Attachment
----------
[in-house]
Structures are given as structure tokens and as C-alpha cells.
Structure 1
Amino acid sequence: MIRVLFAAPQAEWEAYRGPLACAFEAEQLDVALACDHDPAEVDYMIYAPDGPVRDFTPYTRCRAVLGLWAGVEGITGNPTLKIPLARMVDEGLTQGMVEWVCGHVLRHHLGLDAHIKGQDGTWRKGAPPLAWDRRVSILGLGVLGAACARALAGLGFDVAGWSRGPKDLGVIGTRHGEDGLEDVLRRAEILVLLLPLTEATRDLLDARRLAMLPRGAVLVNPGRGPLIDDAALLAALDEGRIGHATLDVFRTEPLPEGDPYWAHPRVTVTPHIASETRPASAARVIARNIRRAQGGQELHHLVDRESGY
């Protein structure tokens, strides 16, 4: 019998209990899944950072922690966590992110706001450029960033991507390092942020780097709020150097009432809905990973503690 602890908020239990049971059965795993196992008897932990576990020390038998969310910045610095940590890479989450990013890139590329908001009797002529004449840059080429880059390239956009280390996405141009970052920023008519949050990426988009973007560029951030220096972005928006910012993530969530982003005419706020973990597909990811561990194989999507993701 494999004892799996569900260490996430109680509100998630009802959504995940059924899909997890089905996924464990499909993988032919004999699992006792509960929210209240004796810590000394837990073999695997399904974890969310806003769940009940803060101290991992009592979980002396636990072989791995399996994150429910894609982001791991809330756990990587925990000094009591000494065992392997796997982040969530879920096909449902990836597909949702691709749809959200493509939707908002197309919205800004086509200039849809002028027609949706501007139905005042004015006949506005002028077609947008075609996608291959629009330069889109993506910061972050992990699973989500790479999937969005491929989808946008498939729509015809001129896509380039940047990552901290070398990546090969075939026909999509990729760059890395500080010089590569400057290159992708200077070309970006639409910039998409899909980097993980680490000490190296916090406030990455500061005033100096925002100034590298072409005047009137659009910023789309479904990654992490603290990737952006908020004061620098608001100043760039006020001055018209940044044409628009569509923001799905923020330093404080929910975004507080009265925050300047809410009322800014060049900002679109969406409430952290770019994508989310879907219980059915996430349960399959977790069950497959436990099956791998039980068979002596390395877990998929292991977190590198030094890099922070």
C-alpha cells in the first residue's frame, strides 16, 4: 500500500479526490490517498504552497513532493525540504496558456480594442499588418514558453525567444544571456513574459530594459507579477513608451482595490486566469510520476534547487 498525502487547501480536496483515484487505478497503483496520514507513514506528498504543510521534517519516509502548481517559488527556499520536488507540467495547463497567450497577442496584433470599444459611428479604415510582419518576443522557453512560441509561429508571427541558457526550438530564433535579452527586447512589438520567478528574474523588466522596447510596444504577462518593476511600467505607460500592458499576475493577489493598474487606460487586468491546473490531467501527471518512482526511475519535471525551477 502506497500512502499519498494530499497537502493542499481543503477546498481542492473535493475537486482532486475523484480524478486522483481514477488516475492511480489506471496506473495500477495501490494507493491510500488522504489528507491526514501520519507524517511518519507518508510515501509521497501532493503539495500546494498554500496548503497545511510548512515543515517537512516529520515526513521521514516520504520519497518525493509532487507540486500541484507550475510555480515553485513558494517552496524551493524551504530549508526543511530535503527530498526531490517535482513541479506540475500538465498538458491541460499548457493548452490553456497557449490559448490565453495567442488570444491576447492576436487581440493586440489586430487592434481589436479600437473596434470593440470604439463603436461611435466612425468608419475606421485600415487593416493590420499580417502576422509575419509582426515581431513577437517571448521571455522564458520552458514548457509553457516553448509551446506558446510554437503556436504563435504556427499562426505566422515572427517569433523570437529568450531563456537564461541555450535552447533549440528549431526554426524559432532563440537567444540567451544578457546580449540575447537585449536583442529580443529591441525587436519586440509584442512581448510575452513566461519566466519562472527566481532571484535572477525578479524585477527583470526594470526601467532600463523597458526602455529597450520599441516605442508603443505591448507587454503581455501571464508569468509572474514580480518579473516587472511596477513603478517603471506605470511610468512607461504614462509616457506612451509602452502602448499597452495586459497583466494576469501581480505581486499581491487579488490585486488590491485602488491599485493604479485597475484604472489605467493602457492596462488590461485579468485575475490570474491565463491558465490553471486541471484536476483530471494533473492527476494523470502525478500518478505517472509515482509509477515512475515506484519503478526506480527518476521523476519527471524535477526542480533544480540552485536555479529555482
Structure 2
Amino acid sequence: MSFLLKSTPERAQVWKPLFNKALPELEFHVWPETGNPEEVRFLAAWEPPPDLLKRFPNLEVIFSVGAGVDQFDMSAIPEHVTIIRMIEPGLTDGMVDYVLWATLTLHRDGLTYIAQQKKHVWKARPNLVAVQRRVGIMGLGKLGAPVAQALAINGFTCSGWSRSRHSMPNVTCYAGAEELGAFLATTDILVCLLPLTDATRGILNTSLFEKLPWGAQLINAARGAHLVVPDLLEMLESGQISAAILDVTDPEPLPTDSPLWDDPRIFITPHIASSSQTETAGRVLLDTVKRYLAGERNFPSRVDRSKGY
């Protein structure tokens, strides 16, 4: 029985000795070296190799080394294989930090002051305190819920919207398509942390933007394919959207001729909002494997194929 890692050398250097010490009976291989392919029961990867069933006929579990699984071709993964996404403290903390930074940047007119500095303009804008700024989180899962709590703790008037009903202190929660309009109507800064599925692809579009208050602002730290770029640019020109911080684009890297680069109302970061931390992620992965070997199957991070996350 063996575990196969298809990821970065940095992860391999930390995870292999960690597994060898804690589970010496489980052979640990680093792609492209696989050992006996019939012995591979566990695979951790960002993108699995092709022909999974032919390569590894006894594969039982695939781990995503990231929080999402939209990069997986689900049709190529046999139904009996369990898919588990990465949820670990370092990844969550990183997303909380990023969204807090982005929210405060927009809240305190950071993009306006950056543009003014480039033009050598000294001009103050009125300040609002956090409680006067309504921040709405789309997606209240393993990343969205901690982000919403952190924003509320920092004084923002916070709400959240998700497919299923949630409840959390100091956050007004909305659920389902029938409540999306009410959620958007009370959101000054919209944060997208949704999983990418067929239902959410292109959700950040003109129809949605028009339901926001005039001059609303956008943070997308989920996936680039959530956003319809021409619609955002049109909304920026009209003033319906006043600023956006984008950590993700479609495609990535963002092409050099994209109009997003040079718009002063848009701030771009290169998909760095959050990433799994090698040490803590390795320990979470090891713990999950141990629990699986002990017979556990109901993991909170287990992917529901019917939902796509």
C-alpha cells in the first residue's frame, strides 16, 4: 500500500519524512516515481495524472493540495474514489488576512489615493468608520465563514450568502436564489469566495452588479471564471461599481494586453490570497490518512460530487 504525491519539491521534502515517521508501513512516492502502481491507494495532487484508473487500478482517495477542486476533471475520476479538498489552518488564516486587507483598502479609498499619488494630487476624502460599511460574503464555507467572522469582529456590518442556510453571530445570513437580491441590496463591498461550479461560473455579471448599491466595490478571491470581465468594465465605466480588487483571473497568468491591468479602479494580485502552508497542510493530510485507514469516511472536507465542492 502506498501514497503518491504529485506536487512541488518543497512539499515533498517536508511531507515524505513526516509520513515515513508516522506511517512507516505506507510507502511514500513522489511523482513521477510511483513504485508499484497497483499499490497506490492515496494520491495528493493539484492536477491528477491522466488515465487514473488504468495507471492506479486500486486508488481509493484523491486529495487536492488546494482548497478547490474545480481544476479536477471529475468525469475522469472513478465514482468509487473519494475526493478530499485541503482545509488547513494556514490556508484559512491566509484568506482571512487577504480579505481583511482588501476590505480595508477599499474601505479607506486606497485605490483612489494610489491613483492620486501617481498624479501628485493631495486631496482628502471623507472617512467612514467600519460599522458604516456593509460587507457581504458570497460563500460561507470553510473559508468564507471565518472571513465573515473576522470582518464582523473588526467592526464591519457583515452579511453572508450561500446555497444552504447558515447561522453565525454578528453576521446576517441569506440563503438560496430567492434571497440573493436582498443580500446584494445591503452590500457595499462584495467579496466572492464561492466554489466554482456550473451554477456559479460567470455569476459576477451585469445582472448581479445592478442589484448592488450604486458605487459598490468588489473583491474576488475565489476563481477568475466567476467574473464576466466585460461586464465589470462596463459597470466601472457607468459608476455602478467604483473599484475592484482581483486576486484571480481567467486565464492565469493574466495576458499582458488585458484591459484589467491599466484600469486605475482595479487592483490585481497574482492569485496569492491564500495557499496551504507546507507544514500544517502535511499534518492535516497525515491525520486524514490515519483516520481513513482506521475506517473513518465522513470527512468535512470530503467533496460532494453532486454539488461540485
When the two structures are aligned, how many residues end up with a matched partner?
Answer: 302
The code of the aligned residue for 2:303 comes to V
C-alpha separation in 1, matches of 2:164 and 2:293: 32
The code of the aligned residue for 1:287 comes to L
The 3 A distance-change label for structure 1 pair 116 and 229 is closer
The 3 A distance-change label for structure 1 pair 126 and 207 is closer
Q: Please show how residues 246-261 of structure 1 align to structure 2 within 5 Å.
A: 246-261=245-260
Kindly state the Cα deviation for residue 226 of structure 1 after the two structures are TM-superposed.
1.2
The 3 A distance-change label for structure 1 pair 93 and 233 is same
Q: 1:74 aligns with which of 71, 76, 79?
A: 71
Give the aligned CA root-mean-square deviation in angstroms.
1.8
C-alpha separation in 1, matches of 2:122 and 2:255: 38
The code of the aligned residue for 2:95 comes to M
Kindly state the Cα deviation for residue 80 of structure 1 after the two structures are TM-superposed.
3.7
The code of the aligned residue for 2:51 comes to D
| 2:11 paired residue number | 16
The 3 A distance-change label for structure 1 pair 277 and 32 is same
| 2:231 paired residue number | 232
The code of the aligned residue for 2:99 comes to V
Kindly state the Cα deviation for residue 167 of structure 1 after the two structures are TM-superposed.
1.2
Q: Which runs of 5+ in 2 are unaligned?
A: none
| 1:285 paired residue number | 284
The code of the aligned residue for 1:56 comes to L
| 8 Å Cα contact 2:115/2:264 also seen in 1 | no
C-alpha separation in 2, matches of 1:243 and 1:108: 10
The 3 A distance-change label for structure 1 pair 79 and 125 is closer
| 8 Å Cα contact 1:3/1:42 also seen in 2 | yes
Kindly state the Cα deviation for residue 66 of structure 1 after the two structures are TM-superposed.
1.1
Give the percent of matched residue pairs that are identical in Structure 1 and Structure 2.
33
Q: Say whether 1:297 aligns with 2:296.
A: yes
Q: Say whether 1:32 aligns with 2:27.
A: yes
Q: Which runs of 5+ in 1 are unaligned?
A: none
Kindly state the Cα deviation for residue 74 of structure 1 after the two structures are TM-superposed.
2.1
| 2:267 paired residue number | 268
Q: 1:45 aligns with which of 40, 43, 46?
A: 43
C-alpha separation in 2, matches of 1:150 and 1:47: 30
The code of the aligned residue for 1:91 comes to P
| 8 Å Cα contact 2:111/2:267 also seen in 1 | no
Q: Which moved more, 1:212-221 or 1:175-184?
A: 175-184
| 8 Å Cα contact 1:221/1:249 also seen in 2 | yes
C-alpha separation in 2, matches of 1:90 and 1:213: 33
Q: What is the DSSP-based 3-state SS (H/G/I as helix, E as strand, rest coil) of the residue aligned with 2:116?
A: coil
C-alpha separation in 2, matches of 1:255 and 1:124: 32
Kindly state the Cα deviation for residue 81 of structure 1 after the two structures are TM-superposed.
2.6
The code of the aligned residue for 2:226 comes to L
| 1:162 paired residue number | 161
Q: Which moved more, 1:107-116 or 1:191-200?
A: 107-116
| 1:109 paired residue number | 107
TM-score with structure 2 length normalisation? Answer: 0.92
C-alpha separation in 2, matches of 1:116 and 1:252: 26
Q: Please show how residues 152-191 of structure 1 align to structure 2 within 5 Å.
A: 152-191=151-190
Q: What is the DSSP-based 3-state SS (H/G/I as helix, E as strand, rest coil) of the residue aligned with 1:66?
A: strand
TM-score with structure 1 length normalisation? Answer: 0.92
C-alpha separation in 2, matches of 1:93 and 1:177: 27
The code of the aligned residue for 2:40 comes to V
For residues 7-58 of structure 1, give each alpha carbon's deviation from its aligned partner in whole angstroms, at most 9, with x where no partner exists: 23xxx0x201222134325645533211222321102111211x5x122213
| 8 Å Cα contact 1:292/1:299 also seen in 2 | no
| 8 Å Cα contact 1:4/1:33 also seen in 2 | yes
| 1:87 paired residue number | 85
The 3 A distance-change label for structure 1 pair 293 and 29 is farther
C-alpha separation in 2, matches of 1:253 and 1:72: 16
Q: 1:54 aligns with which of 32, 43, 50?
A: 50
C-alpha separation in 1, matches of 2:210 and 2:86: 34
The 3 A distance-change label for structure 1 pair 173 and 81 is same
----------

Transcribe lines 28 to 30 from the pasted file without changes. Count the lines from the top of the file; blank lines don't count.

The code of the aligned residue for 2:95 comes to M
Kindly state the Cα deviation for residue 80 of structure 1 after the two structures are TM-superposed.
3.7